Mitsubishi considering concrete proposal for Areva stake

8 November 2015

Japan's Mitsubishi Heavy Industries Ltd (MHI) has begun examining a "concrete proposal" to take a minority stake in French state-owned Areva's reactor unit.

MHI said on 6 November that in coming weeks it will consider the conditions for making an offer for Areva NP, including "ownership ratios," and will also "work up a proposal of Japan-France collaborative measures" around the safety and reliability of nuclear power plants. This could help Areva strengthen its finances after losses caused by a degree of mismanagement and by the closure of nuclear plants in Japan and Germany.

MHI's partnership with Areva began in 2006. In 2009 Areva and MHI agreed to establish a joint venture company in the nuclear fuel fabrication business. The new company was established by restructuring the existing Mitsubishi Nuclear Fuel (MNF) company, with Areva NP taking a 30% stake in the new company.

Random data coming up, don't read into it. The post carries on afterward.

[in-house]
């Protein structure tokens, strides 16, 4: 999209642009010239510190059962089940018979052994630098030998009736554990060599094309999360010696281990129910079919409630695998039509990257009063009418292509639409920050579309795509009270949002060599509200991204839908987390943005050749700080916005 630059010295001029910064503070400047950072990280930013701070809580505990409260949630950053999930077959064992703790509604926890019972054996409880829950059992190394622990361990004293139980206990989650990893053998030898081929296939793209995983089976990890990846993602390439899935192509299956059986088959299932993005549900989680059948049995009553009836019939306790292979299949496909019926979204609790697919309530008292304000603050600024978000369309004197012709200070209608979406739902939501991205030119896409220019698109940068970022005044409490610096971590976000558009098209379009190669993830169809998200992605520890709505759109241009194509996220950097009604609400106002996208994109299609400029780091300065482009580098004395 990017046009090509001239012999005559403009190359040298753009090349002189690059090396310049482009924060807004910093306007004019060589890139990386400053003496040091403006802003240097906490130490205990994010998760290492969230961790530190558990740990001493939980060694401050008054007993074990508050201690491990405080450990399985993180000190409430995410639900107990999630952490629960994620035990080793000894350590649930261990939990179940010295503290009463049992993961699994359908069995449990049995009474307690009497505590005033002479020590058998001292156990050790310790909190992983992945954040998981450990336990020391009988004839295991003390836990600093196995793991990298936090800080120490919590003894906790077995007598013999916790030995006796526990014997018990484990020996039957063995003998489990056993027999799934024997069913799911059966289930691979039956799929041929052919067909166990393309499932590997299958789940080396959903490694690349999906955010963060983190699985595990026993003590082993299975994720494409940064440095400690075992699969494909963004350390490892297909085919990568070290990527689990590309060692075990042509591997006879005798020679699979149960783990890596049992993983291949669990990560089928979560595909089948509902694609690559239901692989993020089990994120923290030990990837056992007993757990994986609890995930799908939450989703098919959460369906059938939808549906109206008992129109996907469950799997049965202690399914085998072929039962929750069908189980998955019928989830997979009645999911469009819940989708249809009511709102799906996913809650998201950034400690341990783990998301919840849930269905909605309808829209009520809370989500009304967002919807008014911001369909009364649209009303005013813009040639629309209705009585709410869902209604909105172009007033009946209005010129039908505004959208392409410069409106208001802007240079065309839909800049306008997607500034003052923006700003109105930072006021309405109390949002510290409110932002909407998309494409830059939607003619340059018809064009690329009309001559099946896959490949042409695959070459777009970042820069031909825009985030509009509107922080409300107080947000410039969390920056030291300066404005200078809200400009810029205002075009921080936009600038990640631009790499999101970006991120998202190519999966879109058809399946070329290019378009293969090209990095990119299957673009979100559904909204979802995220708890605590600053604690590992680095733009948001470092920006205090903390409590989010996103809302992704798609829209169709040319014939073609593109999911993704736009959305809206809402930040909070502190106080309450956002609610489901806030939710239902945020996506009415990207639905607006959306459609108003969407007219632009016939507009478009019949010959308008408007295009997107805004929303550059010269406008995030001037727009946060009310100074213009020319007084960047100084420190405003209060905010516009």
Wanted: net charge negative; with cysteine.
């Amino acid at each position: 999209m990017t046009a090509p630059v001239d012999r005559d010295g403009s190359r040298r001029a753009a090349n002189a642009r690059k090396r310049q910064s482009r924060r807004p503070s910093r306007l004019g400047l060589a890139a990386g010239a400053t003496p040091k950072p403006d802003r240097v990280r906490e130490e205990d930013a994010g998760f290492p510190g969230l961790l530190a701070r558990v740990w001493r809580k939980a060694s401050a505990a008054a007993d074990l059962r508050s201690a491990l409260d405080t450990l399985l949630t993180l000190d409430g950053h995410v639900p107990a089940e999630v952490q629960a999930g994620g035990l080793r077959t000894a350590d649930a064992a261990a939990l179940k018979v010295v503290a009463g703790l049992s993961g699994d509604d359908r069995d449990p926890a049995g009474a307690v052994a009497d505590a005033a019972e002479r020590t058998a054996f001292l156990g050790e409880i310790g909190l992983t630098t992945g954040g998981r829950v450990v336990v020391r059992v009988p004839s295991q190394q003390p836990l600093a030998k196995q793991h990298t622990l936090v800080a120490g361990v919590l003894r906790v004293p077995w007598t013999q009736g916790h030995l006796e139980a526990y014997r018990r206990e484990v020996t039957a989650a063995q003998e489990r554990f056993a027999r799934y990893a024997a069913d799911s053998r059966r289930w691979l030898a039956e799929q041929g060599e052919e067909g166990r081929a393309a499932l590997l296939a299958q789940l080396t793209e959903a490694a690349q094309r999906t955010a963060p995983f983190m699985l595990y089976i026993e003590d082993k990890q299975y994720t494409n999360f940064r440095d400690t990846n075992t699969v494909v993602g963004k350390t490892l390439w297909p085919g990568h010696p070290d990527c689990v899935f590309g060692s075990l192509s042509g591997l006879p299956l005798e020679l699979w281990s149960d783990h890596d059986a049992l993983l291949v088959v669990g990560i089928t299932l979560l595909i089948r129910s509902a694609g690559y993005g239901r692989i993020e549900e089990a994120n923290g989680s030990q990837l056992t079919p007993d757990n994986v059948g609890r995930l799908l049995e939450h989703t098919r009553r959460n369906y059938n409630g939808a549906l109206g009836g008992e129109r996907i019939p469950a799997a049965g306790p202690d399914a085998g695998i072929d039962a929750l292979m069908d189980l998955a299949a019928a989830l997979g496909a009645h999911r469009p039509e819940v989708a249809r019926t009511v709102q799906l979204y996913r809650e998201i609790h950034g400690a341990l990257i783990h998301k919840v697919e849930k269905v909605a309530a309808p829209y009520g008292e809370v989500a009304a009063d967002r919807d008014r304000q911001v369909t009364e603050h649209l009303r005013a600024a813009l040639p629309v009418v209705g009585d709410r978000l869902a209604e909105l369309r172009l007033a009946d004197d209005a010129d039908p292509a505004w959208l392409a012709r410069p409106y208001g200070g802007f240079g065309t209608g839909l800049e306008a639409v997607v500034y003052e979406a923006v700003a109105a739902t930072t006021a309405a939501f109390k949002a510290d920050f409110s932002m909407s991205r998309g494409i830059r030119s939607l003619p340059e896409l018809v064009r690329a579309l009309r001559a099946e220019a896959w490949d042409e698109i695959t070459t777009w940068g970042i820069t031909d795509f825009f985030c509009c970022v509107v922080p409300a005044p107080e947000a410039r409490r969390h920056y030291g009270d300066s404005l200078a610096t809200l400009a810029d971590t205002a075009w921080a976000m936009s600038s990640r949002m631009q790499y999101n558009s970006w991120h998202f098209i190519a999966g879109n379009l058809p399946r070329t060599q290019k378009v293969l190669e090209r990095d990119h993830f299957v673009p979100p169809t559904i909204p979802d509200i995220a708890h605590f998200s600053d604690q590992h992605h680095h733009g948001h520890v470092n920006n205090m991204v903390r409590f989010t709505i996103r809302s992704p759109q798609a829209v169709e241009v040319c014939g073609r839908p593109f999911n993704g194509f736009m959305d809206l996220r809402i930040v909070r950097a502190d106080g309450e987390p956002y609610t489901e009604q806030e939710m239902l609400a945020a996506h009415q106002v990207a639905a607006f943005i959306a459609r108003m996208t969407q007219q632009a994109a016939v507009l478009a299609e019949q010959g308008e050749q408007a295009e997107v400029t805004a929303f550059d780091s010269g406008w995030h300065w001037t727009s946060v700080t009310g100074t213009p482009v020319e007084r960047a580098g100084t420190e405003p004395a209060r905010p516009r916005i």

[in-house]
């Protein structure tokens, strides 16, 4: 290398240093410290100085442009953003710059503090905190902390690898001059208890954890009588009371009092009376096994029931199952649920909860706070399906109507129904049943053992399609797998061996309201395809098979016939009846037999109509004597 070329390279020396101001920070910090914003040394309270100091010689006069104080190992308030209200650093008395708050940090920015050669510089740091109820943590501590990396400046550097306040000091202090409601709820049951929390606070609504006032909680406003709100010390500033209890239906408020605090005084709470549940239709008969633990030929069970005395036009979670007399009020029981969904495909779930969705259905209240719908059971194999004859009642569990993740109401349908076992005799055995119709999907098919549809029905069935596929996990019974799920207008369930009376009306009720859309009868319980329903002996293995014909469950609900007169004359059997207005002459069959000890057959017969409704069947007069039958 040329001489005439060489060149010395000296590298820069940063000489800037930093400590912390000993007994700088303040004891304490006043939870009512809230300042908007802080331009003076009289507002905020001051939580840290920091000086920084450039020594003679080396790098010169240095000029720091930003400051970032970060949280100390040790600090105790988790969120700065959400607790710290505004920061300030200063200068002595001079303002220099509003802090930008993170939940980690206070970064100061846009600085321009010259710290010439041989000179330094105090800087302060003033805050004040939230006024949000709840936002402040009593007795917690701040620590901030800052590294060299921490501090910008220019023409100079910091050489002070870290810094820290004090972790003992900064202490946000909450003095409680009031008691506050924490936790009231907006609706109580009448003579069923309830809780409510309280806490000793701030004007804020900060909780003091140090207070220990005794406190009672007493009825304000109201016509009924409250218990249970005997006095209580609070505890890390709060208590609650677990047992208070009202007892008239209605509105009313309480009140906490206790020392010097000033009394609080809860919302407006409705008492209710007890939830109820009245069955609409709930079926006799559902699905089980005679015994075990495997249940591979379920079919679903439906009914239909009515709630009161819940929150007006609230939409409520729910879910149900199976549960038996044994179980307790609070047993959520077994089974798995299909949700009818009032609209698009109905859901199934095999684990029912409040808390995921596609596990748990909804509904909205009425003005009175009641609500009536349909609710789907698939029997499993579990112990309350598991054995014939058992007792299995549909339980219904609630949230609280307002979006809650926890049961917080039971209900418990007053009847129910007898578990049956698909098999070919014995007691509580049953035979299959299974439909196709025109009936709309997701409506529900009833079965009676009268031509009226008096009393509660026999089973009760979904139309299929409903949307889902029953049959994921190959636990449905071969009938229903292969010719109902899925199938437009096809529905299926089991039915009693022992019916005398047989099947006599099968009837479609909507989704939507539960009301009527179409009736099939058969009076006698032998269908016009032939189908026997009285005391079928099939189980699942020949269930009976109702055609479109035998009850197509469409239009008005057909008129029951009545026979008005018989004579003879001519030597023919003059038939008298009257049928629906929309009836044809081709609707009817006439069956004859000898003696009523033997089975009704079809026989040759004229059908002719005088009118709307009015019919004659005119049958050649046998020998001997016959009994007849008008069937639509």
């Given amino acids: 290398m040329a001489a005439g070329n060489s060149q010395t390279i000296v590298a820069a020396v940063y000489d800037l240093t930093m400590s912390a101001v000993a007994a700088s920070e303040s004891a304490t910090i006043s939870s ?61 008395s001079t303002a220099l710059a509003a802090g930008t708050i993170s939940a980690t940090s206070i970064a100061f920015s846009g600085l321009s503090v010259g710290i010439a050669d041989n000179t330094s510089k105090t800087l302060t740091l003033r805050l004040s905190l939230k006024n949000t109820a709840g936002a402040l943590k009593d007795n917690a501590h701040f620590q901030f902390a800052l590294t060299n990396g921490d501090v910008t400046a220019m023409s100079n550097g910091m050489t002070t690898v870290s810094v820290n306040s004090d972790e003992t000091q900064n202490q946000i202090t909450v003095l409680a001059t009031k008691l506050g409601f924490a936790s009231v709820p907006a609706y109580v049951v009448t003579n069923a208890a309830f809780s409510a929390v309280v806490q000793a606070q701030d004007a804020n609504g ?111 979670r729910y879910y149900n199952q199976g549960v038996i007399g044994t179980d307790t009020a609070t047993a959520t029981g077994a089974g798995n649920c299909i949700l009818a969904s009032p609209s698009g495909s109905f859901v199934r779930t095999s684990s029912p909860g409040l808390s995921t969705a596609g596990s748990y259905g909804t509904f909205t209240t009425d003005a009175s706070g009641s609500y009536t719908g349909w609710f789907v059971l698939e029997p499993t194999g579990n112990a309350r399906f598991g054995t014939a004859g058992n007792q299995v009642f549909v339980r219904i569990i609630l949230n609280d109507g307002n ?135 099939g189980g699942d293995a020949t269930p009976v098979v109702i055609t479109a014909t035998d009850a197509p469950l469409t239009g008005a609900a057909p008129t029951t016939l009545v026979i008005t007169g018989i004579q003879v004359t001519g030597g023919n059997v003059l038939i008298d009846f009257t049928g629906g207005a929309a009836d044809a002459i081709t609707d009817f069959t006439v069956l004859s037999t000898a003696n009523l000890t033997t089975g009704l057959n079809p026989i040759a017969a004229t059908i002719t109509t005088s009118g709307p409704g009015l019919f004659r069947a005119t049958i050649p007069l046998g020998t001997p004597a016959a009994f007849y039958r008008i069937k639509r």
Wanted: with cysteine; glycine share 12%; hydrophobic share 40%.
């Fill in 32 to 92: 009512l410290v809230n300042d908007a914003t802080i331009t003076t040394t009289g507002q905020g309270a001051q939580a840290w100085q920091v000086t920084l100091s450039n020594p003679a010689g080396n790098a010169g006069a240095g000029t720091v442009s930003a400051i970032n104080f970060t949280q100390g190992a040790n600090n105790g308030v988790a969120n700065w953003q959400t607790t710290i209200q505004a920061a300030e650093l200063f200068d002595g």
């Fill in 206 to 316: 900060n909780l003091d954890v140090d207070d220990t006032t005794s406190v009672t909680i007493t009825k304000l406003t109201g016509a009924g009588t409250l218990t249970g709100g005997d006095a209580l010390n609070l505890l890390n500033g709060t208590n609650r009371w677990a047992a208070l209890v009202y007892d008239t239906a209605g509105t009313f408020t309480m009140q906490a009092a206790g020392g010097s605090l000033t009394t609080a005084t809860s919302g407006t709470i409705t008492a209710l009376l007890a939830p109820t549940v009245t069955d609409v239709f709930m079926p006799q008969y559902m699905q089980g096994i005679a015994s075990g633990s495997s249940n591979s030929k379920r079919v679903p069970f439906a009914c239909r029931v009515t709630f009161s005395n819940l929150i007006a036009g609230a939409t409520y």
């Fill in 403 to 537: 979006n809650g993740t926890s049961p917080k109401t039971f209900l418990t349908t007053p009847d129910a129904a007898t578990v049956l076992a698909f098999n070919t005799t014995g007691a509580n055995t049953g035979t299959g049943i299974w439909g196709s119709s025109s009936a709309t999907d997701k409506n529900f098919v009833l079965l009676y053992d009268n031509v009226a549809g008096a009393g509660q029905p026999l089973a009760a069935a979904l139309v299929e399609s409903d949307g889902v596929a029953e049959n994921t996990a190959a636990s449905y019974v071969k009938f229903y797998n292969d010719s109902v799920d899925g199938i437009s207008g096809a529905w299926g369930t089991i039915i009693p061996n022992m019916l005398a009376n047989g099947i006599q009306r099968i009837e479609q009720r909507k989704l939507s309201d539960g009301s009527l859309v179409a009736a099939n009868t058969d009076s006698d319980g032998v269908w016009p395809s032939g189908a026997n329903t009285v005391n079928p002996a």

The two companies signed a $22bn agreement in May 2013 to build a nuclear power plant in Turkey, the first major order for a Japanese firm since Fukushima using their jointly developed Atmea-1 reactor. Areva NP is to be taken over by Electricite de France (EDF), which announced plans in July to take a majority stake in the struggling company as part of a government rescue plan. MHI also has links with EDF and since 2005 has received orders for 15 replacement steam generators for EDF reactors.

MHI president and CEO Shunichi Miyanaga said, "Through the years MHI, EDF and Areva have enjoyed favourable cooperation in applying their respective technologies, and I have high expectations that an investment by MHI into Areva NP would realize and strengthen the ties between the Japanese and French nuclear energy industries further, which in turn will enable us to contribute to the improvement of the quality of nuclear power plants around the world."

On 2 November, Areva SA said China National Nuclear Corp may buy a minority stake in the parent company as part of wider ranging nuclear cooperation.



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